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Health Department employee is fired, threatens a lawsuit

Attorney identifies client, implies Chronister subject of investigation into theft of money from GCHD

The Grundy County Board of Health approved the immediate termination of an employee Wednesday night, but did not name who or why.

That employee’s attorney, Randy Gordon, said in a phone call after the meeting that the employee was Renae Chronister, and that she would be suing the Board of Health and Grundy County.

Grundy County State’s Attorney Jason Helland has said previously his office was investigating if a health department employee had committed theft, but has not commented further due to the investigation.

The investigation came after the audit findings were shared in January. The findings stated there were irregularities between the health department and the treasurer’s office. The audit states that, starting in June 2012, new procedures were put into place and the irregularities were no longer found. But prior to June, it was found, cash was being recorded within the department, but not being deposited with the Grundy County Treasurer’s office.

How much may have been taken has not been determined, but Tawnya Mack, of Mack & Associates Certified Public Accounts, said previously it was in excess of $10,000.

Financial questions and the possibility of theft were discussed last year as well, and Grundy County Board Chairman Ron Severson said previously the county tried to make recommendations to the Board of Health then, but that the county does not control that board.

After an executive session that lasted about two hours Wednesday, the Board of Health voted to “terminate an employee identified in closed session for cause effective immediately.”

Board of Health President Joan Harrop would not comment on the termination nor if it was related to the investigation.

“Why is it so immediate that they had to take action if they let her come back for 8 to 9 months and there are no criminal charges pending?” said Gordon. “What’s so immediate?”

Gordon said Chronister was put on administrative leave some time last year related to the “alleged missing money,” but they brought her back to work months ago and she worked in the health department up until Tuesday.

He said the auditor’s report found numerous discrepancies, including that numerous people handled the funds. Many people were handling the money, transferring it from person to person without being counted or a receipt given.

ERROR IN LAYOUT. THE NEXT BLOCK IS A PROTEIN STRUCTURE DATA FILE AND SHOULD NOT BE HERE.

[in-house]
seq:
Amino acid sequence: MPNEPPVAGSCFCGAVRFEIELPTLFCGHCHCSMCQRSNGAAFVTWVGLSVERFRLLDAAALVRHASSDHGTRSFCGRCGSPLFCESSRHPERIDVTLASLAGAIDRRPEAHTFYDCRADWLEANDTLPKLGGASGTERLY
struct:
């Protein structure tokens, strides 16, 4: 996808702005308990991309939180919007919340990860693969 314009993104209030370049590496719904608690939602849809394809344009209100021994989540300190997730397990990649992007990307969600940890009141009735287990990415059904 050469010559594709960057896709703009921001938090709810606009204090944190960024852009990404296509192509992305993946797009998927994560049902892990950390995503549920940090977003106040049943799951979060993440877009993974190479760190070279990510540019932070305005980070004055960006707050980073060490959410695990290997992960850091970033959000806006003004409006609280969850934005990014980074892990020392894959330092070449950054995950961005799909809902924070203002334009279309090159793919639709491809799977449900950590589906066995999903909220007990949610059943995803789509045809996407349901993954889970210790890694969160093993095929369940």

During public comments, Gordon questioned the timing of the board’s action and said it seemed Chronister was being fired as retaliation. Gordon explained later that his client had filed grievances for two other employees in the department and that she was being punished for that.

Two other health department employees present at the meeting are also Gordon’s clients, he said, and were speaking to the board in executive session regarding their grievances against another health department employee, not Chronister.

“They have issues with the toxic work environment there,” he said.

The board is allowing for the blame to be placed on an employee rather than on the people in charge, said Gordon.

During the public comments portion, he showed the board a photo of money being left unattended on the desk of a leader of the health department, showing there is still a problem with the safekeeping of money in the department.

When Gordon tried to give board members the photo for a closer look, they would not take it. After the meeting, Administrator Kay Lynn Shoemaker would not comment on Gordon’s allegations.

Also during public comment, Grundy County Board member Deb Warning said being a member of the county’s Health Committee, she was being asked about the investigation and what was being done. She said the taxpayers have been waiting for months for an explanation on what happened and what procedures are being put in place preventing this from happening again.

Board of Health member Dr. Robert Engle said all the accounting procedures were changed when the problems were first brought to the board’s attention. He said they couldn’t comment further because of the investigation, but that steps were taken right away.

“Some feel not enough have been taken,” said Warning before the board voted to terminate. “It would be good to keep the taxpayers informed.”

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